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Edward L. Cahn
Gor, a powerful criminal brain from the planet Arous, assumes the body of scientist Steve March. Through March, he begins to control the world by threatening destruction to any country challenging his domination. Another brain, Val, works with March's future wife Sally to defeat Gor. Val explains that Gor will be vulnerable when he is forced to leave March at intervals to re-energize. Gor's vulnerable spot, the Fissure of Orlando, is described in a note left by Sally in Steve's lab. Written by
Now this is my plan: I want all of your uranium, plutonium, all your atomic resources. I want your factories, railroad shipping, all your industrial facilities. Your workers will labour around the clock day and night, following my blueprints to build a most powerful invasion force ever gathered in the universe.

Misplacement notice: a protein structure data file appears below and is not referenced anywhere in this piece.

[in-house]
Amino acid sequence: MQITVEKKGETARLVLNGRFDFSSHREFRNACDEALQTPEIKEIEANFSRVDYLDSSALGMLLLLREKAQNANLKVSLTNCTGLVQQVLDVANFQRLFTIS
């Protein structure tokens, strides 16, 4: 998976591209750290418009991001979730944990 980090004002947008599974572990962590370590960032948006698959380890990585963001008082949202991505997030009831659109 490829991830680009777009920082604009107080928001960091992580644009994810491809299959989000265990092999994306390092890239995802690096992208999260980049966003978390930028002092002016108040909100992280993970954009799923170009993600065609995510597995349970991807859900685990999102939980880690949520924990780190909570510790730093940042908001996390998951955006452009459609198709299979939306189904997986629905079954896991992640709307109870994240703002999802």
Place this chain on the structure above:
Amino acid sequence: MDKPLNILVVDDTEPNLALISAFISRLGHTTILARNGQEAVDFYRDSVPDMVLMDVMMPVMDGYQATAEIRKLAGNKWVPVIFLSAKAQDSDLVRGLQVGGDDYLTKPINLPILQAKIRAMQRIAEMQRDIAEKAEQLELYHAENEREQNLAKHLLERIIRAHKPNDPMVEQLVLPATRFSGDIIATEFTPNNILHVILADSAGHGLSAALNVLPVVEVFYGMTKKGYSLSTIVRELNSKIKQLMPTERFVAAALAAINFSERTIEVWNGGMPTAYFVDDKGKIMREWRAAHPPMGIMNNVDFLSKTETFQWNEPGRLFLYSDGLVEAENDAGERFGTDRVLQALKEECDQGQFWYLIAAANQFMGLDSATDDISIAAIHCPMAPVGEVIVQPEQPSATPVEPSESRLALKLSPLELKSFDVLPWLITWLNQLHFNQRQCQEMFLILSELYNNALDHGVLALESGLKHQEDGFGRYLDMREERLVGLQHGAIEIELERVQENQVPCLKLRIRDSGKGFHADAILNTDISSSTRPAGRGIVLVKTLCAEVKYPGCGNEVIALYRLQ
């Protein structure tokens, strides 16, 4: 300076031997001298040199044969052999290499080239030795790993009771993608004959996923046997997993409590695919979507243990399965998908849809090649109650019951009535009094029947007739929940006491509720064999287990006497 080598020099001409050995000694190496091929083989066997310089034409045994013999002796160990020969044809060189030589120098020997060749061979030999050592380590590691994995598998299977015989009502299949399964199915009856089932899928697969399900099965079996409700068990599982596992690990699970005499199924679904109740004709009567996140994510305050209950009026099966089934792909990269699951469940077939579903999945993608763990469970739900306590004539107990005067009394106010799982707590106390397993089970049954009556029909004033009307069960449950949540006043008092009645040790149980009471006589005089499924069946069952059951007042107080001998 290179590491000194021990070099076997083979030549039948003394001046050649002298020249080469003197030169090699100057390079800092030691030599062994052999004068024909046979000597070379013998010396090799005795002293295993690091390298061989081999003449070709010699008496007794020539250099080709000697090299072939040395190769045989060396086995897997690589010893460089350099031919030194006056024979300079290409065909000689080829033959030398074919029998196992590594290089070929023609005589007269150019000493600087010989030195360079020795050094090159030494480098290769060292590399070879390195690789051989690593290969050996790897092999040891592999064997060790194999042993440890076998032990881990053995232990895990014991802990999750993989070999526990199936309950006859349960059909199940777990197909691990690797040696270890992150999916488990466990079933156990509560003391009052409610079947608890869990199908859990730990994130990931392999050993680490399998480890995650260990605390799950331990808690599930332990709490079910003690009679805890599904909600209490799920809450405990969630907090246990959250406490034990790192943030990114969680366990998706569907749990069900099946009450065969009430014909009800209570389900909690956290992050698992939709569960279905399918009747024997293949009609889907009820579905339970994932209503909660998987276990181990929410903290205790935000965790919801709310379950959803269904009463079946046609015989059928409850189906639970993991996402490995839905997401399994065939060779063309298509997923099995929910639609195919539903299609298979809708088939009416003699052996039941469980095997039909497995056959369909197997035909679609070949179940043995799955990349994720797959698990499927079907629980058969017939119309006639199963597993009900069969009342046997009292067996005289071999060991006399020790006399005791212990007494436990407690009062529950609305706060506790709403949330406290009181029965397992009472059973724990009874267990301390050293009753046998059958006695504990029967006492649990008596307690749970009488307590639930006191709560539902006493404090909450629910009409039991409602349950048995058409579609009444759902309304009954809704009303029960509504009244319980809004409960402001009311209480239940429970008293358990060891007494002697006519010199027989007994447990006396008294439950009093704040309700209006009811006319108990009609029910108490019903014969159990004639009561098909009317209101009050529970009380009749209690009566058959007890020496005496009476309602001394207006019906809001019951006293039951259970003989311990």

You mean to enslave the world?
Russia would never agree to it!
There's a simple answer to that: There'll be no Russia. Your United Nations building will be turned over to me. I will ...
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so bad it's good (or at least not complete horrible) ...
My friend, who's a John Agar fan, clued me in on this. I saw it on video the other night. It's one of those movies that is so bad, that it's pretty good (or at least not a complete waste of time). I especially like the scene where Agar's character, while driving a jeep through the desert, crashes into a huge rock that he couldn't possibly have missed, then says something like "well, I guess we walk from here." The ending is completely beyond belief; you have to see it to believe anyone would end a movie like that.
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